Thousands of people who liked former President Jair Bolsonaro broke into the presidential palace and trashed government buildings in the Brazilian capital. This sent shockwaves all over the hemisphere. But on Monday morning, one of the main U.S. voices telling Bolsonaro supporters to question the results of the country’s presidential election last year did not stop.
In an interview, Steve Bannon, who used to work for Trump, said, “I’m not giving an inch on this.” Earlier in the day, he said again that there was election fraud in Brazil and asked the president who beat Bolsonaro, Luiz Inácio Lula da Silva, to look into it.
“Open the report, the code, the tabulator, and the machines… “Be open and let the people of Brazil see,” Bannon said on his podcast “War Room.” Bannon’s support for the protesters, who he called “freedom fighters,” has led to more criticism of both him and the larger MAGA movement, which has spread election denial at home and abroad.
The violent outburst in Brasilia on Sunday was quickly compared to a riot at the U.S. Capitol on January 6, 2021, when an angry crowd protested Donald Trump’s loss and the fact that they thought the election was rigged. Lula beat Bolsonaro in a runoff for the presidency, but Bolsonaro never officially gave up.
In a later report, the military pointed out technical problems with Brazil’s voting system, but they didn’t find any evidence of vote rigging. Bolsonaro’s supporters, on the other hand, have kept showing up in the streets to protest the election.
They have found people in the U.S. who agree with them. Bannon and other far-right commentators have been following the protests in Brazil for months and telling the protesters to keep questioning the results. Bannon said that he has kept in touch with Eduardo Bolsonaro, who is the son of Jair Bolsonaro. And in the U.S., conservative political groups have joined forces with Bolsonaro, who used to be president.
In the past few years, the powerful conservative group CPAC has held conferences in Brazil where Bolsonaro and his allies have spoken. And in the middle of November, Bolsonaro went to the gala for the America First Policy Institute. The event was held at Trump’s Palm Beach Mar-a-Lago club. Later, the younger Bolsonaro joined Trump, gubernatorial candidate Kari Lake, AFPI chair Linda McMahon, and Trump aides Sergio Gor and Boris Epshteyn at a table on the patio.
During Trump’s time in office, he was very close to Bolsonaro. He supported Bolsonaro’s reelection and agreed with him on a wide range of issues, from downplaying the threat of Covid to being openly hostile to the press. Bolsonaro, who has been called “the Trump of the Tropics,” was one of the world leaders that Trump called a “great friend.”
During the last days of Eduardo Bolsonaro’s presidency, he and his wife, Heloisa, went to the Trump White House to meet with Ivanka Trump. On that Jan. 4 trip, Brazil’s ambassador, Nestor Forster Jr., went with them. Eduardo posted a picture of Ivanka Trump holding his child after the meeting.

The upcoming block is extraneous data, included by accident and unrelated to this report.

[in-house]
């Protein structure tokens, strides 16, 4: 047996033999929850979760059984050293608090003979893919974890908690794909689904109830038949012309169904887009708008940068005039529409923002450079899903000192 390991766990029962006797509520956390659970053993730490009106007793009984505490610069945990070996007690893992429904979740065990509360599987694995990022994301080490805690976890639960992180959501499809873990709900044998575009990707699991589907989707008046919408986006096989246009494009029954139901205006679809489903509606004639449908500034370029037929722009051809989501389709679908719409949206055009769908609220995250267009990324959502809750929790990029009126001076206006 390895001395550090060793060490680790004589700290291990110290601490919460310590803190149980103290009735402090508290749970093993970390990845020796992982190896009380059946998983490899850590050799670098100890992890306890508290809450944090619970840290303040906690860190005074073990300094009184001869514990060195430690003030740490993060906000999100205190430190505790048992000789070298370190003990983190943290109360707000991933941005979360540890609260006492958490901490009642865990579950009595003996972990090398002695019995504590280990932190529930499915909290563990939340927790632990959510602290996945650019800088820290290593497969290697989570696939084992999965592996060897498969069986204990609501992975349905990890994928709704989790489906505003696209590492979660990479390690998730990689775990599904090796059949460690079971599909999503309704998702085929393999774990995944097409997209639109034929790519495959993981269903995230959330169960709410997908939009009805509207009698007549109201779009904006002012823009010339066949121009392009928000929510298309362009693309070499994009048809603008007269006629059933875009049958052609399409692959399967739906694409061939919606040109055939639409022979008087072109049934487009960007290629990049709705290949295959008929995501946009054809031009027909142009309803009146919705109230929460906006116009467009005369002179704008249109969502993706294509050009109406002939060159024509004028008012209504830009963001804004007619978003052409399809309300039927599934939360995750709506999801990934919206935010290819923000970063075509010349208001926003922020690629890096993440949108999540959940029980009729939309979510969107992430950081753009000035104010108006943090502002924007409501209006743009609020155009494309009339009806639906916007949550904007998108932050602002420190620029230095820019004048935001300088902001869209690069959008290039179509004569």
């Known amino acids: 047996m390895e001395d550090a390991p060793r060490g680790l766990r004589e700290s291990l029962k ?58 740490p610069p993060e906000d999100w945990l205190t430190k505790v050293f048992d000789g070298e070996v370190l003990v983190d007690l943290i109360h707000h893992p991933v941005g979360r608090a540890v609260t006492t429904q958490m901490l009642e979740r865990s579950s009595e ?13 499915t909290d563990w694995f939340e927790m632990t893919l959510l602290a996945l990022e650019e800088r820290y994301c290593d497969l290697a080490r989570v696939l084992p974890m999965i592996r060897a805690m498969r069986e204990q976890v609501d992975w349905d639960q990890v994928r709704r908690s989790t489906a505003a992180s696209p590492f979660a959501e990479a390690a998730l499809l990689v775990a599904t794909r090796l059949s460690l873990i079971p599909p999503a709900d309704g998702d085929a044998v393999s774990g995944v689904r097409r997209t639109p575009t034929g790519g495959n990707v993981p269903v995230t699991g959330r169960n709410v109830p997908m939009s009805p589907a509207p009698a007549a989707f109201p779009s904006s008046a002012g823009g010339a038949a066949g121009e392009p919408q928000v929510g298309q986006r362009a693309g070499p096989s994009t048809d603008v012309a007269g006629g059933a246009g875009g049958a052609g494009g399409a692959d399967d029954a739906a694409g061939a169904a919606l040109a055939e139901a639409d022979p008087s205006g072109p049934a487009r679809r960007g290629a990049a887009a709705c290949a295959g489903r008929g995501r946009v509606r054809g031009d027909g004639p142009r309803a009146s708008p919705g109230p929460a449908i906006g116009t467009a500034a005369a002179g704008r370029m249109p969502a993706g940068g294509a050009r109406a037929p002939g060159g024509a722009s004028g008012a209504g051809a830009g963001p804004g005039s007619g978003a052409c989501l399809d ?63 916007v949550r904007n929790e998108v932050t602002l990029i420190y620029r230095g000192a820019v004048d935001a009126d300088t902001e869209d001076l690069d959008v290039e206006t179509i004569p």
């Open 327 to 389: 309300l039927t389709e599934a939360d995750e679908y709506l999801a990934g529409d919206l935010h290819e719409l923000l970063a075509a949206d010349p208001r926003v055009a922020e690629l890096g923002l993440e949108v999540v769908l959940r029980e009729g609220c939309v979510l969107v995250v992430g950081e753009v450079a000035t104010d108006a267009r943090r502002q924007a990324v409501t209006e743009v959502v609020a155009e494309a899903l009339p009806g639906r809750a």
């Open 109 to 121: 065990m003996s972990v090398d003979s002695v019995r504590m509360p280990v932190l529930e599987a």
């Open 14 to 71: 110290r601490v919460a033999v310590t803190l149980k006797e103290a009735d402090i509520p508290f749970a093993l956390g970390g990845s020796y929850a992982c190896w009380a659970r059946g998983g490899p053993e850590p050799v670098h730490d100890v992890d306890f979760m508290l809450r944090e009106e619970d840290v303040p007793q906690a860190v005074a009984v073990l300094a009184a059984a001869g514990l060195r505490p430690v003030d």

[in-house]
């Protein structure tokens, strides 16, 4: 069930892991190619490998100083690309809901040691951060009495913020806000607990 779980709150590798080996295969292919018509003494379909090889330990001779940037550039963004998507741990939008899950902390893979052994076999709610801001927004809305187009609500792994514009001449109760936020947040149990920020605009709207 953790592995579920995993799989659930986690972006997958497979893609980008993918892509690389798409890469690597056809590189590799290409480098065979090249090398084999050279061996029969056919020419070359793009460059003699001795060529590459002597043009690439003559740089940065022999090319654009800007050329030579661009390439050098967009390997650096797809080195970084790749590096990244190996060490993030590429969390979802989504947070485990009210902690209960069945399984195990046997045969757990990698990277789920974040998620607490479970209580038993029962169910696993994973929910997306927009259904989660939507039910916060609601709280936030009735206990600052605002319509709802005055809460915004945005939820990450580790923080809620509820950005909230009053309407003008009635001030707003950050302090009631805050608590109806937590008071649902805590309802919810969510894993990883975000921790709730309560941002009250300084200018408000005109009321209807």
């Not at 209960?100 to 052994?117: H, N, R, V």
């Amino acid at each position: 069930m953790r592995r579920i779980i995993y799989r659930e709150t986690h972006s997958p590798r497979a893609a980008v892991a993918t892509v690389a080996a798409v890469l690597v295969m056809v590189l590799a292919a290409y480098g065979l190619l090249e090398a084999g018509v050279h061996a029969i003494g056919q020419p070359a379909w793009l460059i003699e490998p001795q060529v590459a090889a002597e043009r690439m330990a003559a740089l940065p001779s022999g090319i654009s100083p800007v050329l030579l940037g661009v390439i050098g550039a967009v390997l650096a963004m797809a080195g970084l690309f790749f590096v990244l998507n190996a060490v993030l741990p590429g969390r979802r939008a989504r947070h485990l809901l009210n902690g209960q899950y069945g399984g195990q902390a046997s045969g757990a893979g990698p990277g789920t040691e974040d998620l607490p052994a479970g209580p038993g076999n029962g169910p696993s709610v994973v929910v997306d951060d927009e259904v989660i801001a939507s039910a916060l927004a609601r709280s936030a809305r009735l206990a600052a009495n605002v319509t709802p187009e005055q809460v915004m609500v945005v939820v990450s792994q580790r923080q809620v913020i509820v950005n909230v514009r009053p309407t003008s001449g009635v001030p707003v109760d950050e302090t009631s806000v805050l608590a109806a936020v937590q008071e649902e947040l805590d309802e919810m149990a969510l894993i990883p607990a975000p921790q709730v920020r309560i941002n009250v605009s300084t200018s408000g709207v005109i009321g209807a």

But advisers say the relationship has cooled since Jair Bolsonaro was removed from office. The former president of Brazil has moved to Florida, but he hasn’t stopped by to see Trump, who lives nearby in the Sunshine State.
Multiple people have said that Bolsonaro did not spend New Year’s Eve with Trump at Mar-a-Lago. Bolsonaro had been said to have planned to spend the holiday there instead of in Brazil, where his political rival was being sworn in. People close to Trump say that even though he backed Bolsonaro’s campaign, he has nothing to do with the unrest in Brazil. This is a view shared by others on the right.
“They’re both yesterday’s news. Bolsonaro is now a citizen and is in Florida, and the protests are about the supreme court and Lula’s cronies destroying sovereignty and the constitution,” said Matthew Tyrmand, a conservative activist who often appears on Bannon’s “War Room” podcast. He denied that there are any connections between Trump and Bolsonaro. “The only thing that ties [Jan. 8 and 6] together is that people are angry and don’t trust the government.”
But they are also alike in another way. Like in the U.S., people on the right questioned the legitimacy of the election results in Brazil, which led to protests. Tyrmand has repeated Bannon’s claims of election fraud, and he is also among those who have pointed to corruption claims against Lula, such as the charges of money laundering that came after an investigation into a huge bribery scandal called “Operation Car Wash.” Dozens of politicians in Brazil lost their jobs because of the scandal, but Lula’s case was later thrown out.
Even after the election, these accusations have not stopped. In a video appearance at CPAC Mexico in November, Bannon said that the protests have “gone beyond the Bolsonaros. This is a fight that is saying, you went beyond the constitution. You used these machines, the judiciary, to shut us down in the media, and we’re not going to tolerate it. It will be very interesting to see how that plays out.” Eduardo Bolsonaro posted the video of his speech on social media.
On Monday, he brought up these ideas again. Bannon told, “The people down there aren’t watching ‘Bannon War Room.'” “There are a lot of people on the streets. It’s a protest that people are putting together on their own. Jair Bolsonaro has stayed mostly quiet through it all.
He did, however, criticize the protesters in a tweet on Sunday night and deny that he had anything to do with planning or carrying out the riots in Brazil’s capital. Since he lost his election in October, the leader of the far right hasn’t accepted that he lost. He lives in the suburbs of Orlando, where he has been seen eating Kentucky Fried Chicken and other tasty American foods. Reports from Brazil say that he was taken to the hospital on Monday for stomach pain.
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